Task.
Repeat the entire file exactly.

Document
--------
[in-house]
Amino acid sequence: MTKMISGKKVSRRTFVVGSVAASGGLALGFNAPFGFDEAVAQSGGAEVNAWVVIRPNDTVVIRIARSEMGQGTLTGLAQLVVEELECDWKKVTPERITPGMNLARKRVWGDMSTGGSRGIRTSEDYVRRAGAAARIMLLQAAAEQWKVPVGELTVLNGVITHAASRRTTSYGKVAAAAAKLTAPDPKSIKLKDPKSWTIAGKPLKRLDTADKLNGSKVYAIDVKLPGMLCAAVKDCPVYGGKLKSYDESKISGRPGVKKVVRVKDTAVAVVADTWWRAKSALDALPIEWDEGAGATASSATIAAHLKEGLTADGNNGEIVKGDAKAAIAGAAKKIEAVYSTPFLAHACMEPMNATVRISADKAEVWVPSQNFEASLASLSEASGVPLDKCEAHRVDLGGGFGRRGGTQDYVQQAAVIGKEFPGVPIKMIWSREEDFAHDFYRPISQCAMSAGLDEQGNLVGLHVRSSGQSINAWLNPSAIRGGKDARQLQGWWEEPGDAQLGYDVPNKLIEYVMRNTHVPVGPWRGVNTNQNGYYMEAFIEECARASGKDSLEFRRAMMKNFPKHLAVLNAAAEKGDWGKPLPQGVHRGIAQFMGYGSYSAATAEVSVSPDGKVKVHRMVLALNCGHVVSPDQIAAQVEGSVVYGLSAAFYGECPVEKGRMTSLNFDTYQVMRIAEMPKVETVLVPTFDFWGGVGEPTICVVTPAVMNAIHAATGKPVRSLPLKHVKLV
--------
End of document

[in-house]
Amino acid sequence: MTKMISGKKVSRRTFVVGSVAASGGLALGFNAPFGFDEAVAQSGGAEVNAWVVIRPNDTVVIRIARSEMGQGTLTGLAQLVVEELECDWKKVTPERITPGMNLARKRVWGDMSTGGSRGIRTSEDYVRRAGAAARIMLLQAAAEQWKVPVGELTVLNGVITHAASRRTTSYGKVAAAAAKLTAPDPKSIKLKDPKSWTIAGKPLKRLDTADKLNGSKVYAIDVKLPGMLCAAVKDCPVYGGKLKSYDESKISGRPGVKKVVRVKDTAVAVVADTWWRAKSALDALPIEWDEGAGATASSATIAAHLKEGLTADGNNGEIVKGDAKAAIAGAAKKIEAVYSTPFLAHACMEPMNATVRISADKAEVWVPSQNFEASLASLSEASGVPLDKCEAHRVDLGGGFGRRGGTQDYVQQAAVIGKEFPGVPIKMIWSREEDFAHDFYRPISQCAMSAGLDEQGNLVGLHVRSSGQSINAWLNPSAIRGGKDARQLQGWWEEPGDAQLGYDVPNKLIEYVMRNTHVPVGPWRGVNTNQNGYYMEAFIEECARASGKDSLEFRRAMMKNFPKHLAVLNAAAEKGDWGKPLPQGVHRGIAQFMGYGSYSAATAEVSVSPDGKVKVHRMVLALNCGHVVSPDQIAAQVEGSVVYGLSAAFYGECPVEKGRMTSLNFDTYQVMRIAEMPKVETVLVPTFDFWGGVGEPTICVVTPAVMNAIHAATGKPVRSLPLKHVKLV